# How to Prove The Complement Of The Domain Is Complement Of The Image If f Is Bijective

It seems true that $$f(\overline{X}) = \overline{f(X)}$$ for $$f:A\rightarrow B$$ and $$X$$ is any subset of $$A$$ if and only if $$f$$ is bijective.But I couldn't write it as a formal way like epsilon argument.It makes sense to me but the trouble I have is with the formal prove.

• Of course not ! Take $f(x)=x\boldsymbol 1_{\mathbb Q\cap [0,1]}$. Is surjective : $[0,1]\to \mathbb Q\cap [0,1]$ but $f\left(\overline{[0,1]\cap \mathbb Q}\right)\neq \overline{f([0,1]\cap \mathbb Q)}$ – Surb Dec 9 '18 at 13:02
• What if it is bijective it is surely true. Let me change the question then – selman özlyn Dec 9 '18 at 13:12
• Now it's not : $f(x)=x\boldsymbol 1_{\mathbb Q\cap [0,1]}-x\boldsymbol 1_{\mathbb R\setminus \mathbb Q\cap [0,1]}$. It's bijective $[0,1]\to (\mathbb Q\cap [0,1])\cup((\mathbb R\setminus \mathbb Q)\cap (0,-1])$ but $f(\overline{[0,1]\cap \mathbb Q})\neq \overline{f([0,1]\cap \mathbb Q)}$. What is exactely your exercise ? – Surb Dec 9 '18 at 13:33

## 1 Answer

Let us formulate matters more precisely: consider two arbitrary sets $$A, B$$ and a map $$f: A \rightarrow B$$. We have the following elementary propositions:

1. $$f$$ is injective if and only if $$(\forall X)(X \subseteq A \implies f(\complement_{A}X) \subseteq \complement_{B}f(X))$$

Proof : Assuming first the injectivity of $$f$$, consider arbitrary $$X \subseteq A$$ and $$y \in f(\complement_{A}X)$$, such that $$y=f(x)$$ with $$x \in A \setminus X$$. If we were to assume by contradiction that $$y \in f(X)$$ it would entail that $$y=f(t)$$ for a certain $$t \in X$$; as $$y=f(x)=f(t)$$ and $$f$$ is injective, we could conclude $$x=t \in X$$ in contradiction to $$x \notin X$$. Hence $$y \in B \setminus f(X)$$ and the inclusion is established.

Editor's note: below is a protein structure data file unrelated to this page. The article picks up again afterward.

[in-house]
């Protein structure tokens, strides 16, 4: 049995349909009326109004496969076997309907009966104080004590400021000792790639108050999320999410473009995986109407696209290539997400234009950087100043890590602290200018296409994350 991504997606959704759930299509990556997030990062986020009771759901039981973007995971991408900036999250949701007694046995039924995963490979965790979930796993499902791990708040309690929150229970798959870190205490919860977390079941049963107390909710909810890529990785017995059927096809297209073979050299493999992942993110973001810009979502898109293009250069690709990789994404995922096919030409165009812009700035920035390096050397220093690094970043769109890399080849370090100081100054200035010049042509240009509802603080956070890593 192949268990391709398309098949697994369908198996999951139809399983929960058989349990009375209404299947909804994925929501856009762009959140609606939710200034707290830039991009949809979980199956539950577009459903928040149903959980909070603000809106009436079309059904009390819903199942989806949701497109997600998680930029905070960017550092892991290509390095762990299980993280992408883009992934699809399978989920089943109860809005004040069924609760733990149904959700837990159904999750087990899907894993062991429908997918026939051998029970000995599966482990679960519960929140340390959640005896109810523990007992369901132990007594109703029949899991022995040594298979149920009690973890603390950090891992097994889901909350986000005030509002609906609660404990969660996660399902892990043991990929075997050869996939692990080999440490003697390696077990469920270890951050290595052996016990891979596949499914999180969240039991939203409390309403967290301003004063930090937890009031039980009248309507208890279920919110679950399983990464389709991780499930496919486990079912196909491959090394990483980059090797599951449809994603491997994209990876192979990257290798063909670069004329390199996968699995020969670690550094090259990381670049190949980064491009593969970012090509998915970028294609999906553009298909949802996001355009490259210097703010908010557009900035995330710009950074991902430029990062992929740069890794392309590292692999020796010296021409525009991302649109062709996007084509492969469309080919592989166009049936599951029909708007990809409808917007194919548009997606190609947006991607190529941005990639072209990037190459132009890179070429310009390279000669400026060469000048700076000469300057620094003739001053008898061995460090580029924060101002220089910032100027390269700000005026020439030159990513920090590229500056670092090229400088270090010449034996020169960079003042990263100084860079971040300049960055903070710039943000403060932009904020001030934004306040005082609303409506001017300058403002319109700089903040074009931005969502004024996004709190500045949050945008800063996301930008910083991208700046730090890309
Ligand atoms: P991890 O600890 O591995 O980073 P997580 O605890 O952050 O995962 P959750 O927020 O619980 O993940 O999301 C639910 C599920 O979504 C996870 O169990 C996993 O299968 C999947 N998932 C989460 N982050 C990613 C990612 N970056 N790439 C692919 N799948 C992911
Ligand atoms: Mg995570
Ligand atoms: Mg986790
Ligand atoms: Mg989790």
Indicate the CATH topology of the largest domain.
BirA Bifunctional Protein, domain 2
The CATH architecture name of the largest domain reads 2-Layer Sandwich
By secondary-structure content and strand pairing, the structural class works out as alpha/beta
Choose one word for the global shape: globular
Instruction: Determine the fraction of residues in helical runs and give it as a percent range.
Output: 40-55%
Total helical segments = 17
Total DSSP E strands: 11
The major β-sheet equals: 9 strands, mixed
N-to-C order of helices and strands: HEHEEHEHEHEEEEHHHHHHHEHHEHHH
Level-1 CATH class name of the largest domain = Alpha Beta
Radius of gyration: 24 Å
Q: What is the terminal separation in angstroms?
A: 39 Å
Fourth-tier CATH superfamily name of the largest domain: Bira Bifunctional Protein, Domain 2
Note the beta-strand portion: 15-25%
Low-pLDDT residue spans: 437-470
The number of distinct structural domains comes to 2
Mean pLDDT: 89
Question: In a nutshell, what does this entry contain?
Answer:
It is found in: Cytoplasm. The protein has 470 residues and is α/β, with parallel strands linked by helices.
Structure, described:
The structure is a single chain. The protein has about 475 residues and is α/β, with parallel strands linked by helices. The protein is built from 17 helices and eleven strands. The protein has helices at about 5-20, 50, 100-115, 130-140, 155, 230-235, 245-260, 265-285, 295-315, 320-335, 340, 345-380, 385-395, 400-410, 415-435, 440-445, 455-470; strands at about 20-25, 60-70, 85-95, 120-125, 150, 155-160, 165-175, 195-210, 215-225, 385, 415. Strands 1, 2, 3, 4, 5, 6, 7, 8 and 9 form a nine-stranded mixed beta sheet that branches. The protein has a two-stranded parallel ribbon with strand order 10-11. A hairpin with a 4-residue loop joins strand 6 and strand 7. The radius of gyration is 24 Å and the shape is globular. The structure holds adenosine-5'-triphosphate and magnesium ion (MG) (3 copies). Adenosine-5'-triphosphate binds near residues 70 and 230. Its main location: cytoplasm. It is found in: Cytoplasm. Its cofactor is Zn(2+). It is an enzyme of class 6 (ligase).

Assuming conversely that the stated inclusion holds for any subset $$X$$, let us consider arbitrary $$x, y \in A$$ with $$x \neq y$$. This means that $$y \in A \setminus \{x\}$$ and thus by our assumption $$f(\{y\})=\{f(y)\} \subseteq f(A \setminus \{x\})\subseteq B \setminus f(\{x\})=B \setminus \{f(x)\}$$ from which we infer that $$f(x) \neq f(y)$$ and conclude $$f$$ is indeed injective. $$\Box$$

1. $$f$$ is bijective if and only if: $$(\forall X)(X \subseteq A \implies f(\complement_{A}X)=\complement_{B}f(X))$$

Proof : Assume first $$f$$ is bijective and consider arbitrary $$X \subseteq A$$. Bijectivity comprises injectivity and thus the previous result entails that we have a valid inclusion in the direction specified above. As for the reverse inclusion we quote the following general result, valid for any function without any special hypotheses:

$$(\forall X)(X \subseteq A \implies f(A) \setminus f(X) \subseteq f(A \setminus X))$$

and we bear in mind that since $$f$$ is also assumed to be surjective, we automatically have $$f(A)=B$$.

To establish the reverse implication, assuming the given relation of equality for any subset $$X$$ we first infer by 1. that $$f$$ is injective; its surjectivity we derive by considering the particular case $$X= \emptyset$$, which yields: $$f(A \setminus \emptyset)=f(A)=B \setminus f(\emptyset)=B \setminus \emptyset =B$$ This concludes the proof. $$\Box$$